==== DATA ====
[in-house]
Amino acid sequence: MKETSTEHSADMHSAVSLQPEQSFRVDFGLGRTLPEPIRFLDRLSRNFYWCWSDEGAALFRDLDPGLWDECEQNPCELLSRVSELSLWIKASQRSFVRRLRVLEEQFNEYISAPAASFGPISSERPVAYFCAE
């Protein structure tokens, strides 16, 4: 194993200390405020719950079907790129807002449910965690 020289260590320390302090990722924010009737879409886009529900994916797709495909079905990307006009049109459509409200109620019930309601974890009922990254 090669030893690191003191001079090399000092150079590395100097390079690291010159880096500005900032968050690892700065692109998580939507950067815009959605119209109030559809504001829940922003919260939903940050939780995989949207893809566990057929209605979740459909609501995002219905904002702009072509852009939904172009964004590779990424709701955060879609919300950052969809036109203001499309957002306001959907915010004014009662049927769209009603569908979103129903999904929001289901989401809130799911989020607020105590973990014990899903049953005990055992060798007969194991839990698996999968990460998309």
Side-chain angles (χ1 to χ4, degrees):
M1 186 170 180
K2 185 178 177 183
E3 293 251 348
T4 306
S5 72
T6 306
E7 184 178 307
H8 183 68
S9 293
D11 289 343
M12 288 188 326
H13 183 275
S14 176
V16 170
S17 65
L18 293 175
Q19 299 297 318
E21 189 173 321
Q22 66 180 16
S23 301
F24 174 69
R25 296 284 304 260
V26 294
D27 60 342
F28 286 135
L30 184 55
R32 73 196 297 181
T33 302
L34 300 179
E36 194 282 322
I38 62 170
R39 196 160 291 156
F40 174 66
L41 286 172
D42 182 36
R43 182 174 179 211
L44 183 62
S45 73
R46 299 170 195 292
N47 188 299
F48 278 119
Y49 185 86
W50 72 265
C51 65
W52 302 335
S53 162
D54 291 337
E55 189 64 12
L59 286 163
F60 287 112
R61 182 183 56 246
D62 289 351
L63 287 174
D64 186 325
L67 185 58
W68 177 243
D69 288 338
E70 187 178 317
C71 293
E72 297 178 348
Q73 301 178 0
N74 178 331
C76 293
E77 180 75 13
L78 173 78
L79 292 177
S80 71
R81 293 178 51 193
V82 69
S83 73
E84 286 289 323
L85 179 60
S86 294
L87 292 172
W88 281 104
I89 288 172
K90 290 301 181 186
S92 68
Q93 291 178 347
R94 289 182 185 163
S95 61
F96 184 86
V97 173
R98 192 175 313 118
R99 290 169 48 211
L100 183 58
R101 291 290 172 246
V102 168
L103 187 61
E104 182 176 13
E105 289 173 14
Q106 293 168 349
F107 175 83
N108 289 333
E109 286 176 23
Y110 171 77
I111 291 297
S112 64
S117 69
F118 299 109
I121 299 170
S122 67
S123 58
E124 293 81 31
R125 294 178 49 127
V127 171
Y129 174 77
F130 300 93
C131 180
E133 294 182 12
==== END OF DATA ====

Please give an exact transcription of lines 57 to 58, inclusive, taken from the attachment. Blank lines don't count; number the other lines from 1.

L63 287 174
D64 186 325